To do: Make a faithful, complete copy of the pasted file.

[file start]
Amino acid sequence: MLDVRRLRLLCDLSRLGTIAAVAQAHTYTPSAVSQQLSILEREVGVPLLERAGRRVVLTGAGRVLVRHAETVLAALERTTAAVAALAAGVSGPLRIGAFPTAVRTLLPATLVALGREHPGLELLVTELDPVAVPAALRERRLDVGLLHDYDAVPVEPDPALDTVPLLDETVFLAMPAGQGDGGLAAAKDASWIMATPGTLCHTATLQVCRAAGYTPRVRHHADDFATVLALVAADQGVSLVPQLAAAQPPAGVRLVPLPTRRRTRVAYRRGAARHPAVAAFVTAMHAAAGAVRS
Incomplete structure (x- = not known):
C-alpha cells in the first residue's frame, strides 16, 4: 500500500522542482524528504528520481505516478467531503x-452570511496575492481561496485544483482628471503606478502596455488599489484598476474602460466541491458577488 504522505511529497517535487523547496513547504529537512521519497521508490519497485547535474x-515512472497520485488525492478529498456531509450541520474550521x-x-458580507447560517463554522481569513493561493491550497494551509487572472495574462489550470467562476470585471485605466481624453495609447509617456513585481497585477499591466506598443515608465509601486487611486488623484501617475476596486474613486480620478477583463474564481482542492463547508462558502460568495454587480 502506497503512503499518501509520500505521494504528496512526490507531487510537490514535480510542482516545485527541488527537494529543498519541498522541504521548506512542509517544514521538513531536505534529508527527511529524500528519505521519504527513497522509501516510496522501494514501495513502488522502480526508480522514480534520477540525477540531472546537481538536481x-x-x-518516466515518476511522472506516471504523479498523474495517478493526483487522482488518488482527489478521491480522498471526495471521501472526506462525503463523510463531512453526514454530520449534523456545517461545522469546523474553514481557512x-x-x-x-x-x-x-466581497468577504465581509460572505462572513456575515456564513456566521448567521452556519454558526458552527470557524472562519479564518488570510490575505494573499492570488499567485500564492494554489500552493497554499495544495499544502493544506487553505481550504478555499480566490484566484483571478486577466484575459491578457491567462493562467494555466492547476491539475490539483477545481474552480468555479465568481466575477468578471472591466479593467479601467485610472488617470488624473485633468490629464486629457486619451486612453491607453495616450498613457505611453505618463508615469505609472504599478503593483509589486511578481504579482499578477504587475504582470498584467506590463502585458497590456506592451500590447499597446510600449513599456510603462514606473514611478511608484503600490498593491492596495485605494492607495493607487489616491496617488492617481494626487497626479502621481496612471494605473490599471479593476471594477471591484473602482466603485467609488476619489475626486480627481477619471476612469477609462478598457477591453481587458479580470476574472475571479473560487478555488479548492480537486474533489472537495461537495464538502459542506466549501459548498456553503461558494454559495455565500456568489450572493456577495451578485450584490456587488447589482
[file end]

Amino acid sequence: MLDVRRLRLLCDLSRLGTIAAVAQAHTYTPSAVSQQLSILEREVGVPLLERAGRRVVLTGAGRVLVRHAETVLAALERTTAAVAALAAGVSGPLRIGAFPTAVRTLLPATLVALGREHPGLELLVTELDPVAVPAALRERRLDVGLLHDYDAVPVEPDPALDTVPLLDETVFLAMPAGQGDGGLAAAKDASWIMATPGTLCHTATLQVCRAAGYTPRVRHHADDFATVLALVAADQGVSLVPQLAAAQPPAGVRLVPLPTRRRTRVAYRRGAARHPAVAAFVTAMHAAAGAVRS
Incomplete structure (x- = not known):
C-alpha cells in the first residue's frame, strides 16, 4: 500500500522542482524528504528520481505516478467531503x-452570511496575492481561496485544483482628471503606478502596455488599489484598476474602460466541491458577488 504522505511529497517535487523547496513547504529537512521519497521508490519497485547535474x-515512472497520485488525492478529498456531509450541520474550521x-x-458580507447560517463554522481569513493561493491550497494551509487572472495574462489550470467562476470585471485605466481624453495609447509617456513585481497585477499591466506598443515608465509601486487611486488623484501617475476596486474613486480620478477583463474564481482542492463547508462558502460568495454587480 502506497503512503499518501509520500505521494504528496512526490507531487510537490514535480510542482516545485527541488527537494529543498519541498522541504521548506512542509517544514521538513531536505534529508527527511529524500528519505521519504527513497522509501516510496522501494514501495513502488522502480526508480522514480534520477540525477540531472546537481538536481x-x-x-518516466515518476511522472506516471504523479498523474495517478493526483487522482488518488482527489478521491480522498471526495471521501472526506462525503463523510463531512453526514454530520449534523456545517461545522469546523474553514481557512x-x-x-x-x-x-x-466581497468577504465581509460572505462572513456575515456564513456566521448567521452556519454558526458552527470557524472562519479564518488570510490575505494573499492570488499567485500564492494554489500552493497554499495544495499544502493544506487553505481550504478555499480566490484566484483571478486577466484575459491578457491567462493562467494555466492547476491539475490539483477545481474552480468555479465568481466575477468578471472591466479593467479601467485610472488617470488624473485633468490629464486629457486619451486612453491607453495616450498613457505611453505618463508615469505609472504599478503593483509589486511578481504579482499578477504587475504582470498584467506590463502585458497590456506592451500590447499597446510600449513599456510603462514606473514611478511608484503600490498593491492596495485605494492607495493607487489616491496617488492617481494626487497626479502621481496612471494605473490599471479593476471594477471591484473602482466603485467609488476619489475626486480627481477619471476612469477609462478598457477591453481587458479580470476574472475571479473560487478555488479548492480537486474533489472537495461537495464538502459542506466549501459548498456553503461558494454559495455565500456568489450572493456577495451578485450584490456587488447589482